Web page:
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Wow. So what about Al Brumfield, the guy who got into the feud with Milt?
“Well, he was a little more tamer fellow than old Paris but he was kind of a rough character — mean as a snake,” Bob said. “All those Brumfields were, you know. They was a tough outfit, all of them was.”
Al and his wife Hollena lived in a large white house at the mouth of Harts Creek, which Bob said had recently burned. They had a store and log boom nearby and kept a boat tied up at the riverbank for easy access across the Guyandotte. Things were going great for them until John Runyon (who Bob called “the root of all evil”) moved in from Kentucky.
“That fellow Runyon, he had a saloon and a store right across the creek there at the mouth of Harts, you know — a shebang,” Bob said. “And Aunt Hollene and Al Brumfield, they had a big store over there on the other side of the creek, over on the lower side of the creek. They was competitors in a way, you know. This fellow Runyon hired these two thugs to kill them, so as to get rid of their competition. And he hired Milt Haley and Green McCoy to kill them. They got a side of bacon and a can of lard and five dollars to do that…each. And these fellows, Milt Haley and Green McCoy, were two characters. I don’t know why they ever took a chance on that. Them boys got into that before they knew what they was into. Them Brumfields was mean as the devil up there.”
Bob spun out the details of Milt and Green’s ambush of Al Brumfield.
“Every Sunday, Al and Hollene would get on their horse and they’d ride up to the Forks of Big Hart about ten miles to visit her father. He was old Henderson Dingess, my great-grandfather. Al had a fine riding horse and he’d get on the horse and she’d ride behind him, see? And they’d been up there on a pretty summer day, and they’d done had dinner with her father.”
Haley and McCoy, meanwhile, laid in wait for them in a sinkhole at Thompson Branch with a .30/.30 Winchester.
“And Al and Hollene came along about three or four o’clock in the evening and those thugs laywaid them on the side of the hill up there as they came back down Harts Creek. They shot at Al’s head. That horse jumped and that bullet missed his head and hit Hollene right in the face right there and the bullet knocked her teeth out and came out this side here. It knocked her off of the horse.”
Al was carried on down the creek by his horse, which “sprang and run” so Milt and Green came off the hill toward his wife.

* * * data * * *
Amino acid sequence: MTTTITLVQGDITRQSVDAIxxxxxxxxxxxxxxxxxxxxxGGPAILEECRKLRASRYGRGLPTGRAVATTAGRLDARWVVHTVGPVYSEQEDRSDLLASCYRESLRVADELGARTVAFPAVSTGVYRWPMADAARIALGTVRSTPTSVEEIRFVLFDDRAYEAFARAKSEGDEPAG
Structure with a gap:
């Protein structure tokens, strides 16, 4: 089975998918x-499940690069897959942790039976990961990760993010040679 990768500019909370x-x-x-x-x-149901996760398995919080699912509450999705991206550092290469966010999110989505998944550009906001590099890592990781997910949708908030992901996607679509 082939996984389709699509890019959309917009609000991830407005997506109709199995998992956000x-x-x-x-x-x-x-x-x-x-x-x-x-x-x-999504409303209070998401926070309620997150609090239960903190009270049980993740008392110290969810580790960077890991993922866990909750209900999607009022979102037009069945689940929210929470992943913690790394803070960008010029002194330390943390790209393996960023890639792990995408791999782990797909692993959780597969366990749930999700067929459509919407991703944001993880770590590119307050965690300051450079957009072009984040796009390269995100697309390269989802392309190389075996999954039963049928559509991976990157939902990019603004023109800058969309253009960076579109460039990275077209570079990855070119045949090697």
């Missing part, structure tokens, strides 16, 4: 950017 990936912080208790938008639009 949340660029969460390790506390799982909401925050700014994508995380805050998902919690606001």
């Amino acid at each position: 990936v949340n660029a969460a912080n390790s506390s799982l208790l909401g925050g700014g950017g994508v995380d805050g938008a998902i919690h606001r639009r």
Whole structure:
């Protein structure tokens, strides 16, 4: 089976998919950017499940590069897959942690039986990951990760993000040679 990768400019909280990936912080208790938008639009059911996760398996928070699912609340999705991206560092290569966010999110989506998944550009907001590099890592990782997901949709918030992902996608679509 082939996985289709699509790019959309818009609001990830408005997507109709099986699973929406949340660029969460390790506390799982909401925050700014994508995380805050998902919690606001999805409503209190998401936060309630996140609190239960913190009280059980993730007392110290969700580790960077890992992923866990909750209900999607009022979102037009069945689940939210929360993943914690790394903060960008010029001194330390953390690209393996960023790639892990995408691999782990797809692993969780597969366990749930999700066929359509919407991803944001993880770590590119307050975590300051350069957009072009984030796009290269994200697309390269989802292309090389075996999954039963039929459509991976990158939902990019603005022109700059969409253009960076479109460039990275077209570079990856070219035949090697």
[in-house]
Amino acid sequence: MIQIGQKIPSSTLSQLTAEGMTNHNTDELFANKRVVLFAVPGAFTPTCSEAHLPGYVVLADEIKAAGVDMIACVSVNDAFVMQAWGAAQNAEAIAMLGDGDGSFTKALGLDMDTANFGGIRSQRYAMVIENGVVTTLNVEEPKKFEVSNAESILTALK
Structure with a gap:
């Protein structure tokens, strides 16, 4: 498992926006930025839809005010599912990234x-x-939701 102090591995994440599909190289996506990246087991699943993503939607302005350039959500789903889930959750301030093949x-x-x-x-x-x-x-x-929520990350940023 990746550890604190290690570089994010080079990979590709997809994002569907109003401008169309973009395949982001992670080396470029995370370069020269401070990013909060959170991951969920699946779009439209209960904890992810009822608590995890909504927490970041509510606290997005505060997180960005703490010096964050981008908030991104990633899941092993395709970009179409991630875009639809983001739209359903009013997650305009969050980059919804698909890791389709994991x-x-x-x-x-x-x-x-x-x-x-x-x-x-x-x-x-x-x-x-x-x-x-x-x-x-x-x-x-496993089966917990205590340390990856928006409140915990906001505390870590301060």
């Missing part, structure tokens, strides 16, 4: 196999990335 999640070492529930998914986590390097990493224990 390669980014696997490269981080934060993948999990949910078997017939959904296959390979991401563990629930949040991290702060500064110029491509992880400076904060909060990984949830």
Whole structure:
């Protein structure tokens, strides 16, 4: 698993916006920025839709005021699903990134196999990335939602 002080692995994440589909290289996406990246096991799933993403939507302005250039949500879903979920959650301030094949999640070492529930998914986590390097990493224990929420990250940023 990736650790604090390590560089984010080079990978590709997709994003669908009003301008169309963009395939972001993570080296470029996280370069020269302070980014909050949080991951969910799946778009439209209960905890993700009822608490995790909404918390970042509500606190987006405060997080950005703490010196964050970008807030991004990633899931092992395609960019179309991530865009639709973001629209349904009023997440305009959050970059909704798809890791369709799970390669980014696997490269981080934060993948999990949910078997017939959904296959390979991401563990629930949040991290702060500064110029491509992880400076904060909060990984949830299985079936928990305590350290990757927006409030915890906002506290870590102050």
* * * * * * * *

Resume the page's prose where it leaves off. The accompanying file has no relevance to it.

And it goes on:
“They aimed to shoot Aunt Hollene again — and she a laying there in the road, her eyes full of blood. She couldn’t see hardly who it was. But she begged them not to shoot her anymore, because she figured they’d already killed her. She told them she was dying and begged them out of it.”
At that point, Al came back up along the creek bed shooting toward them “and they got scared and they run.”
Bob said, “Well, the Brumfields didn’t know who it was so they watched all around to see who it was. They watched Runyon like a hawk but he changed his name and walked right off. He left his store, his saloon and his family and went back to Kentucky. They hunted for years for him but they never did find him. He never poked his head around there anymore, not even to contact his family.”
Milt and Green also disappeared from the neighborhood — which caused locals to assume that they were guilty of some role in the trouble.
“And these two guys just left their family and went into Kentucky and just deserted their families,” Bob said. “Then they knew who it was. And they started looking for them.”
Al Brumfield put out a $3,000 reward for their capture. Detectives were told to search in river towns, as both men had run rafts out of the Guyan River.
A detective caught Green McCoy first in a Cincinnati restaurant. He identified him by noticing a nick in one of his ears. Just before apprehending him, the detective walked up and said, “I think you’re the man I’m looking for.” Once caught, Green gave the whereabouts of Milt, who was found working a butter churn on a steamboat at the river. Both men were jailed. Al Brumfield was informed of their capture by letter.
Brumfield organized two of his brothers-in-law and perhaps one of his brothers into a posse and rode to the rendezvous point (presumably in the vicinity of Cincinnati). He posed as a sheriff, paid the reward, took possession of the two men, then headed across eastern Kentucky and up the Tug River to Williamson. He and his gang rode a train on the N&W across Twelve Pole to Breeden, where they crossed the mountain and spent a night at the home of John Dingess, Hollena’s brother. Dingess ran a large country store and saloon, Bob said, but “nothing exciting happened around there.”